State lawmakers heard from those who struggle with mental illness and hundreds showed up for a hearing on Wednesday.
Those in attendance at the hearing urged lawmakers to not go along with $300 million in cuts that will affect services and where they live.
"Why are you cutting the budgets? What did we do? We need help,” Jina Puccino, of Branford, said.
Puccino has come a long way in four years with the help of BH Care, which is a private non-profit that helps those with mental illness.
"With me, it's helped me feel better about myself and not have to worry about people judging people because that's not right,” Puccino said.
Many with similar struggles want lawmakers to hear how millions in cuts could hurt them.
"With the budget cuts over the last four years, we have had to reduce services for over 400 clients,” Emily Granelli with BH Care said.
Private providers said this year’s budget cuts are not as bad as previous years. However, the demand for these services continues to increase.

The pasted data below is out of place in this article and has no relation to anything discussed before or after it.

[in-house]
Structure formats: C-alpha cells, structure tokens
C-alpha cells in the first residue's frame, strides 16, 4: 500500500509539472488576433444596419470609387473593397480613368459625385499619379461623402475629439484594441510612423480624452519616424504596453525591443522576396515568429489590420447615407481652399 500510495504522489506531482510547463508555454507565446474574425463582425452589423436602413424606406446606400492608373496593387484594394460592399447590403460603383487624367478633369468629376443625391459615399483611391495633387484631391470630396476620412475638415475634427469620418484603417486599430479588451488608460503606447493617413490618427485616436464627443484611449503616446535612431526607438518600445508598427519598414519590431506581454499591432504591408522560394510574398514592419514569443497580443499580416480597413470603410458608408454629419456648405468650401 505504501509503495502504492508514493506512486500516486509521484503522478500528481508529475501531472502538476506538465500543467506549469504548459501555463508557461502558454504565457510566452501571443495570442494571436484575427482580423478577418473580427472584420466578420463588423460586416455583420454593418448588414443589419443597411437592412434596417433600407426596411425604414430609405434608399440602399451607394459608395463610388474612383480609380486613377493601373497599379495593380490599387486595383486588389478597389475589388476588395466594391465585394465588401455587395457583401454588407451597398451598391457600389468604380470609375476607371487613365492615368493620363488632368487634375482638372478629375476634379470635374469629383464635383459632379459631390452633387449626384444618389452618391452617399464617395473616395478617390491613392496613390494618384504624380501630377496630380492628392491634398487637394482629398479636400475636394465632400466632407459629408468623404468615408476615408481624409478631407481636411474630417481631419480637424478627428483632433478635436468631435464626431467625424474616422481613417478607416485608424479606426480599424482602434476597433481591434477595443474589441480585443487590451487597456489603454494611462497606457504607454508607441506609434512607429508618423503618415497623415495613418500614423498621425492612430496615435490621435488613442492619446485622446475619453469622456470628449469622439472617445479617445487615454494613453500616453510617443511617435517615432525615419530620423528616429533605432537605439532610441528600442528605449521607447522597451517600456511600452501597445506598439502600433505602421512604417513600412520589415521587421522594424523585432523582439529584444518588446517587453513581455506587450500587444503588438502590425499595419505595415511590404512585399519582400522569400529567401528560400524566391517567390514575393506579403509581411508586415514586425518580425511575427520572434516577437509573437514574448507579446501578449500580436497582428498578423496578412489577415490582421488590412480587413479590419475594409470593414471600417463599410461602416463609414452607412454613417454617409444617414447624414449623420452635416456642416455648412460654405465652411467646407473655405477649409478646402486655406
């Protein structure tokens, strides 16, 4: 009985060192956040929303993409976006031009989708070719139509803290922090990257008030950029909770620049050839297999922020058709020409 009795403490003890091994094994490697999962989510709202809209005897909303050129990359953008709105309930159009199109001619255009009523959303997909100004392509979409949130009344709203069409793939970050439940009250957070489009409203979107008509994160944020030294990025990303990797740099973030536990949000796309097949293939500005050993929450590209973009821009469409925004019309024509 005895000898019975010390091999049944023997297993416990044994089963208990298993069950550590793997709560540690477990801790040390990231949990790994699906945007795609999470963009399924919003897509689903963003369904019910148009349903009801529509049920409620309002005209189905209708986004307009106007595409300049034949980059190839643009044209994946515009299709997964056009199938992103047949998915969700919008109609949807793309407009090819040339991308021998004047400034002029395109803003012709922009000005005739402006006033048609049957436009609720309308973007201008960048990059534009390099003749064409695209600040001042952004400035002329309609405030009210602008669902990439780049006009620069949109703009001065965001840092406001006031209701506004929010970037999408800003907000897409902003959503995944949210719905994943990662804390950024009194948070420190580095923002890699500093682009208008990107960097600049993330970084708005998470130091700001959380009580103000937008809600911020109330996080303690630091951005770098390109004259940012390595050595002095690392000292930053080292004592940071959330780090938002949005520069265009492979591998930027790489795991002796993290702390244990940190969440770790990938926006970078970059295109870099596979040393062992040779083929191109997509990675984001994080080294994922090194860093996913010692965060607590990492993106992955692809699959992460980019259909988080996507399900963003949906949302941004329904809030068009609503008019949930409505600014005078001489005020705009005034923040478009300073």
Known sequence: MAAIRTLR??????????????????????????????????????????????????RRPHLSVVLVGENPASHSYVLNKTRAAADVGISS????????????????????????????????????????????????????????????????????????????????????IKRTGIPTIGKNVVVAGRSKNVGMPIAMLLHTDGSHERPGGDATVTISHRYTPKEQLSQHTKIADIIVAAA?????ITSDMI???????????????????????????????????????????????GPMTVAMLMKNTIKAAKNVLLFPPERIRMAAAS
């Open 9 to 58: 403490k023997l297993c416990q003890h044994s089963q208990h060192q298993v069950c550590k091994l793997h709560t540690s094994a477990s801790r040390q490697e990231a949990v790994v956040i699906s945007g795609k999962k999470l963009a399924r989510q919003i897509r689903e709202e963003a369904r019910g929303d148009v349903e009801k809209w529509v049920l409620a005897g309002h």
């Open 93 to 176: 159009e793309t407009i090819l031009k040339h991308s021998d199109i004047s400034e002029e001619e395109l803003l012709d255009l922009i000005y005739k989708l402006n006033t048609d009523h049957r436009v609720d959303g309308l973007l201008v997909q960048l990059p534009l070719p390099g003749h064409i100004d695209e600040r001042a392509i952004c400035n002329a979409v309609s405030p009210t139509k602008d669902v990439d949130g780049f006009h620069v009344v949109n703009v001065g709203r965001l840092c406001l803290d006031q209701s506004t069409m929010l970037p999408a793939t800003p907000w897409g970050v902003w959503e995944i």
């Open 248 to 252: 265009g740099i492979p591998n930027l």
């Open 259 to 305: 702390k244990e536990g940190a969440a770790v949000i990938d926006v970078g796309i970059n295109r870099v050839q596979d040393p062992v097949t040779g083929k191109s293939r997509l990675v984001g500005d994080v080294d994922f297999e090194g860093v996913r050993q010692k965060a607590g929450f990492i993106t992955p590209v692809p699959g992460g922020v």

Kuhn is a non-profit that has helped Linda Kauffmann live on her own. Kauffmann said she works five days a week.
"We have a lot of work; Yankee Gas we do other kinds of jobs all of jobs,” Kauffmann said. “We do cans, bottles and cans. We do a lot of stuff."
Private providers save the state money because state care is often more expensive.
Connecticut is facing a huge deficit and in an effort to reduce spending, the governor’s budget includes cuts to many programs. Lawmakers said these cuts are some of the more painful ones.
"It's a challenge, a huge challenge and we have to honor our contracts with those non-profit organizations that are providing these services,” state Sen. Michael Mclachlan (R-Danbury) said.
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